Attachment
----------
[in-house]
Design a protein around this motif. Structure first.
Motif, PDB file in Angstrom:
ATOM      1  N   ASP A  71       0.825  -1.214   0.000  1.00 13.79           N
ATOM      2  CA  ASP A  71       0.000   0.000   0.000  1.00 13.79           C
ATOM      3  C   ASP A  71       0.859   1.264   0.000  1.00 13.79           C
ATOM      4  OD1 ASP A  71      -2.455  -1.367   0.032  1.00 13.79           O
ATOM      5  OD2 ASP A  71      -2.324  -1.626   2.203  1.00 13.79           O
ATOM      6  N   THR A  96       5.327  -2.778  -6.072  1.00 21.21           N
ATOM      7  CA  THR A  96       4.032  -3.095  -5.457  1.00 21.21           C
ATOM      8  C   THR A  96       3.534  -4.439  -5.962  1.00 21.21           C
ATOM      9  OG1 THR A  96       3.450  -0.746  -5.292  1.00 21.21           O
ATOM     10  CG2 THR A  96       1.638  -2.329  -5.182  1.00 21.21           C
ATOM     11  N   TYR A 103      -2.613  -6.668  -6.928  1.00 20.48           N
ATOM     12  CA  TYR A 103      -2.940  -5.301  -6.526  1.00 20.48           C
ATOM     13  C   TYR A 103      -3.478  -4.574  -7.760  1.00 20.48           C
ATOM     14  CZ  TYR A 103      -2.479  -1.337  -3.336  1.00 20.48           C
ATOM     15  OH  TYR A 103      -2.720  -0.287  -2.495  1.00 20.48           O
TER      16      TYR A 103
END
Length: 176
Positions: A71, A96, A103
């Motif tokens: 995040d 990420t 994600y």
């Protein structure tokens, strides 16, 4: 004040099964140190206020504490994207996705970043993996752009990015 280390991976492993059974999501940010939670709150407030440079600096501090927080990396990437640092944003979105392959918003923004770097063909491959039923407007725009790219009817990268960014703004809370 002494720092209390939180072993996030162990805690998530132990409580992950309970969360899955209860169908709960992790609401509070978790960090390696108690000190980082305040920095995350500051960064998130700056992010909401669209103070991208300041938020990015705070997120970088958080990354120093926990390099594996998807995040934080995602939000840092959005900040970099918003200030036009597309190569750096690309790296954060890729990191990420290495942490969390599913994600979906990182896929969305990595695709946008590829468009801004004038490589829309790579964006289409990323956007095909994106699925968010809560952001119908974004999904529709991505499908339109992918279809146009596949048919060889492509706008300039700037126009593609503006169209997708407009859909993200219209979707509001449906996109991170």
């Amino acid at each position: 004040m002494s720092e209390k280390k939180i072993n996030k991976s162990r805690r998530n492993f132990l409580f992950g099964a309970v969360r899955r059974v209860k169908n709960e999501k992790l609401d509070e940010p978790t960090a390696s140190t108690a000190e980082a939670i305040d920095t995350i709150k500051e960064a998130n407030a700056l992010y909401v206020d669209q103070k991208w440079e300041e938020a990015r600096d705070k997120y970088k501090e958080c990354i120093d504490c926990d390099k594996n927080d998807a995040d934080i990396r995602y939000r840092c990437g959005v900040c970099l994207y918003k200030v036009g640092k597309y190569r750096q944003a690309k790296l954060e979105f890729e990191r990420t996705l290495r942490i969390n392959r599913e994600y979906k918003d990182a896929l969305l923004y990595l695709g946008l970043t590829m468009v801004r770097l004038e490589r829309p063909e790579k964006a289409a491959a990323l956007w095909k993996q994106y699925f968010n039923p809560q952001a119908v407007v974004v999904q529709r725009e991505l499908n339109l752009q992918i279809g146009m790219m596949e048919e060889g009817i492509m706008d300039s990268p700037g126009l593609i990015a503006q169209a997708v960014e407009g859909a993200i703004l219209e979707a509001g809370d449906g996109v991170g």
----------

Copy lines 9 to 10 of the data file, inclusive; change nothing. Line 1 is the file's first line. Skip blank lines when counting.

ATOM      6  N   THR A  96       5.327  -2.778  -6.072  1.00 21.21           N
ATOM      7  CA  THR A  96       4.032  -3.095  -5.457  1.00 21.21           C